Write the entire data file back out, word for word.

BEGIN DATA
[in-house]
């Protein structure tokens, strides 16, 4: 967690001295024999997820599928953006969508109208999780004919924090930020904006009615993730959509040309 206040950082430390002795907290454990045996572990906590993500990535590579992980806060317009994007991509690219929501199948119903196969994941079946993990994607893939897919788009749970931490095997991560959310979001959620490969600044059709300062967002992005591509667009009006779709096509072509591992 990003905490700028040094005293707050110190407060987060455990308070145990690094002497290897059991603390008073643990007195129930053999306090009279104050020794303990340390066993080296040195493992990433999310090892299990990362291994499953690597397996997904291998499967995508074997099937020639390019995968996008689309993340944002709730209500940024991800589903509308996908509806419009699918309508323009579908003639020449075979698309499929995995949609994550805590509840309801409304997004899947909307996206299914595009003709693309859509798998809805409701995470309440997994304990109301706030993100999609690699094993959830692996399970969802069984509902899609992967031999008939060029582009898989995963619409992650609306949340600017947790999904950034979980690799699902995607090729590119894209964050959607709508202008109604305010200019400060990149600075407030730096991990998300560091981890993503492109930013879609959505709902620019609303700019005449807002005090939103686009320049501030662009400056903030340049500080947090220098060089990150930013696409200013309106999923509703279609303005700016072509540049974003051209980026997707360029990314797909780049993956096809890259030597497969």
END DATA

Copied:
[in-house]
């Protein structure tokens, strides 16, 4: 967690001295024999997820599928953006969508109208999780004919924090930020904006009615993730959509040309 206040950082430390002795907290454990045996572990906590993500990535590579992980806060317009994007991509690219929501199948119903196969994941079946993990994607893939897919788009749970931490095997991560959310979001959620490969600044059709300062967002992005591509667009009006779709096509072509591992 990003905490700028040094005293707050110190407060987060455990308070145990690094002497290897059991603390008073643990007195129930053999306090009279104050020794303990340390066993080296040195493992990433999310090892299990990362291994499953690597397996997904291998499967995508074997099937020639390019995968996008689309993340944002709730209500940024991800589903509308996908509806419009699918309508323009579908003639020449075979698309499929995995949609994550805590509840309801409304997004899947909307996206299914595009003709693309859509798998809805409701995470309440997994304990109301706030993100999609690699094993959830692996399970969802069984509902899609992967031999008939060029582009898989995963619409992650609306949340600017947790999904950034979980690799699902995607090729590119894209964050959607709508202008109604305010200019400060990149600075407030730096991990998300560091981890993503492109930013879609959505709902620019609303700019005449807002005090939103686009320049501030662009400056903030340049500080947090220098060089990150930013696409200013309106999923509703279609303005700016072509540049974003051209980026997707360029990314797909780049993956096809890259030597497969």